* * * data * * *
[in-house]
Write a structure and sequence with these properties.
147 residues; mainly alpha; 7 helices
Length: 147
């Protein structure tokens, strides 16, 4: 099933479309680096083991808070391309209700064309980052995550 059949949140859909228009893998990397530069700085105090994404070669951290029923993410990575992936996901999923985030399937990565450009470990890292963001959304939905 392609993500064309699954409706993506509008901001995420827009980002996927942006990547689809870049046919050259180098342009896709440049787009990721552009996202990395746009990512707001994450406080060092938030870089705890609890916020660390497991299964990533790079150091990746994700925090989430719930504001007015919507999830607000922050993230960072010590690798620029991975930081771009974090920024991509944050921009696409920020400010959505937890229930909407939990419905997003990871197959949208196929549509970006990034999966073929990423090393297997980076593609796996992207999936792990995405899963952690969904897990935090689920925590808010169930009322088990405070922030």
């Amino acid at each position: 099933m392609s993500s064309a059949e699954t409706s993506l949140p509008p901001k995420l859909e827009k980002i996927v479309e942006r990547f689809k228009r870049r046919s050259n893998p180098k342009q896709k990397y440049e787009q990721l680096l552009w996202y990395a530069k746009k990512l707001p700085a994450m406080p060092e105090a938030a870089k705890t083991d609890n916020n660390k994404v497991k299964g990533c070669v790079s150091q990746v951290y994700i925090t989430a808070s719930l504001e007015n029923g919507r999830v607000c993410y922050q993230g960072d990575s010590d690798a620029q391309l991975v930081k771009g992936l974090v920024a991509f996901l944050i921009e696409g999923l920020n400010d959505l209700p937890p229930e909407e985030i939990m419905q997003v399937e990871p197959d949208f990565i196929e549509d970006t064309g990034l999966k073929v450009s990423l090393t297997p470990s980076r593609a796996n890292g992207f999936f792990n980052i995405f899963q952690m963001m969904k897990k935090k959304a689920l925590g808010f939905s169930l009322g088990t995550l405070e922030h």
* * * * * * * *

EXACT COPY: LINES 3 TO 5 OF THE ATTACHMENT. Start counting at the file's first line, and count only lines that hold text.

147 residues; mainly alpha; 7 helices
Length: 147
């Protein structure tokens, strides 16, 4: 099933479309680096083991808070391309209700064309980052995550 059949949140859909228009893998990397530069700085105090994404070669951290029923993410990575992936996901999923985030399937990565450009470990890292963001959304939905 392609993500064309699954409706993506509008901001995420827009980002996927942006990547689809870049046919050259180098342009896709440049787009990721552009996202990395746009990512707001994450406080060092938030870089705890609890916020660390497991299964990533790079150091990746994700925090989430719930504001007015919507999830607000922050993230960072010590690798620029991975930081771009974090920024991509944050921009696409920020400010959505937890229930909407939990419905997003990871197959949208196929549509970006990034999966073929990423090393297997980076593609796996992207999936792990995405899963952690969904897990935090689920925590808010169930009322088990405070922030």